Frugal Is The New Trendy: Why You Should Use Coupons In Your 20s

Marien Richardson
Marien is a Brooklyn, NY native, hailing from the hard-knock streets of Park Slope. While earning her degree in Communications from American University, Marien got some real-life schooling as a waitress at the Cheesecake Factory. After college she swiftly returned to NYC and has been working as an events coordinator for over 3 years. As the daughter of two New York journalists, writing was always an innate skill for Marien. Her mix of compassion and sarcasm make for a fun and compelling read.

How much do you typically pay for a pack of razors? $9, maybe $10? I pay about 50 cents, $1 max. And toothpaste cost around $4, right? Yeah, I get that for free. How? The magic that is couponing.

Yes, I’m a not-so-closet couponer.

I came into the hobby after getting bored with my pregnancy and having tons of time on my hands. That, and a mom on the baby board suggested I do a diaper calculator, and I almost ended my whole life on the spot. Having left my job but not my love for shopping, couponing had a natural draw. And just like a drug, once I got that first, ‘I got free shit!” high, I was hooked.

So, why should you be couponing?

Well, assuming you’re not millionaire poker star and Instagram winner Dan Bilzarian, you could stand to save some money. In your 20s you’re either a broke recent graduate, accepting a job making far below what you’re worth, starting a business of your own, or saving to buy a house and start a family. Getting a handle on your spending is crucial right now.

In the eight months that I’ve been couponing, I’ve saved over $3,000! That’s a good time at Burning Man and Coachella, to put it in perspective.

Now that you’ve realized your body wash could pay for that trip to Prague, let me give you a brief breakdown of what couponing really is. One does not simply use a coupon at a store to get a discount.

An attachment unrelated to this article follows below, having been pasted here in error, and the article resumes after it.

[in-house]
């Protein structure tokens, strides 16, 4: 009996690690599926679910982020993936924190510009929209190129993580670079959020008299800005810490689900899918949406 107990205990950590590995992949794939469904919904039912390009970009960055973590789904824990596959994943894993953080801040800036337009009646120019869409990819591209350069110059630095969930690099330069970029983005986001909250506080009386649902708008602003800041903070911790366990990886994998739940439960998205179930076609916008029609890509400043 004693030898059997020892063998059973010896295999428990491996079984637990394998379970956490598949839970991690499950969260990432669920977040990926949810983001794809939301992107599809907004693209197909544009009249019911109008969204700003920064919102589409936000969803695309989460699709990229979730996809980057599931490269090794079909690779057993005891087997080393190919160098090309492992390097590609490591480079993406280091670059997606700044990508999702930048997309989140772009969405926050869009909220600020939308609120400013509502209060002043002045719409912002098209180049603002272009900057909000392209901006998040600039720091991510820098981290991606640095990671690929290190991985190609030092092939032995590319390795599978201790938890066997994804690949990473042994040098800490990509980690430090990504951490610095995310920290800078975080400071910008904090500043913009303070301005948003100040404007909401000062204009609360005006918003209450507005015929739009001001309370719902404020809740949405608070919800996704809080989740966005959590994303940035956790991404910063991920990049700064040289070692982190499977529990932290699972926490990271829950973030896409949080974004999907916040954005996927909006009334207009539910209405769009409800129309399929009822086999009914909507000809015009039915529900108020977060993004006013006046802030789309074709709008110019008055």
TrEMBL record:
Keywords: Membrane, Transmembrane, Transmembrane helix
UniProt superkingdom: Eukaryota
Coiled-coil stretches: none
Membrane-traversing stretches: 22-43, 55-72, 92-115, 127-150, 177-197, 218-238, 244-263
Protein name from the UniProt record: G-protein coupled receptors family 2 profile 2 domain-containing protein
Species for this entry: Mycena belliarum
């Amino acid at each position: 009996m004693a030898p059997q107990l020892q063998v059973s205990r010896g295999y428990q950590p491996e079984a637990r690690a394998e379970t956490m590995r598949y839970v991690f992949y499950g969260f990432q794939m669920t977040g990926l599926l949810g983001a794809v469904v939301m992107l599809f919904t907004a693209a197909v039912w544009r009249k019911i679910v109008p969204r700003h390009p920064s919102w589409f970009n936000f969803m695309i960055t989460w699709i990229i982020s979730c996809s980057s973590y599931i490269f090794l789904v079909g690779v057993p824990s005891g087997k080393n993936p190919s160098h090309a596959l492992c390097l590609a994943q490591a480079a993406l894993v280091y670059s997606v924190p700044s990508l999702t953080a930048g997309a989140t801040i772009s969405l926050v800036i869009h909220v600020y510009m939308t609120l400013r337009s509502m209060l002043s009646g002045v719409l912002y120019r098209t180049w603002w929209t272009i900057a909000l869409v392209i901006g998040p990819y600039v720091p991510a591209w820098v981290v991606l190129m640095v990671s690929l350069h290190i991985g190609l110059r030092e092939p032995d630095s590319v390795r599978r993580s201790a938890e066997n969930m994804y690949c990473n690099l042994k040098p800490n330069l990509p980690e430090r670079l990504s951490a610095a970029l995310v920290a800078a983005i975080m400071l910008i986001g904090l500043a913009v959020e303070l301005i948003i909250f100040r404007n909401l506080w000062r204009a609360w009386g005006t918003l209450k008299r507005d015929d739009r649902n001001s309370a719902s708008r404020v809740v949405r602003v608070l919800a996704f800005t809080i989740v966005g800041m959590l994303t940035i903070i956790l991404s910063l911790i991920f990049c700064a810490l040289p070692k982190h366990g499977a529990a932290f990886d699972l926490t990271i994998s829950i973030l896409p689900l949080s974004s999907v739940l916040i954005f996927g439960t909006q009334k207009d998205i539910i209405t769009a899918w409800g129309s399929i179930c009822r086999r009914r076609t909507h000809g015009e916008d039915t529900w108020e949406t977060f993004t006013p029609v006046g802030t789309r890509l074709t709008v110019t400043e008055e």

True couponing is combining a store sale with a coupon to get an even better discount on that same item.

Here’s an example for you, Grasshopper: Let’s say that you get a coupon for $1 off of one Crest toothpaste. It’s normally $3.50 at RiteAid. Now you could go ahead and use your coupon, and pay $2.50 for the toothpaste, which is fine. However if you check the store ad for next week, you see that Crest toothpaste will be on sale for $2. So, you wait until next week and snag it for just $1 each with your coupons! Now grab six at once, a.ka. stock up, and you have toothpaste for your entire year for $6!

Admittedly, this is why having a bit of a stockpile is required, but if I can manage it in my pre-war Brooklyn apartment, then anyone can.

If you’ve made it this far and that sixth grade math problem didn’t hurt your head, then you have what it takes to be a Super Saver. To start, I suggest you buy a few Sunday newspapers and hit up your good pal YouTube for some newbie tutorials.

You can also follow me on Instagram (@marien_qs_bk) to watch me work.

It only takes one good deal to get hooked, and you’ll never want to pay full price again. Trust me, once a bih’ starts couponing, she gon’ be couponing forever (Cardi B voice)!

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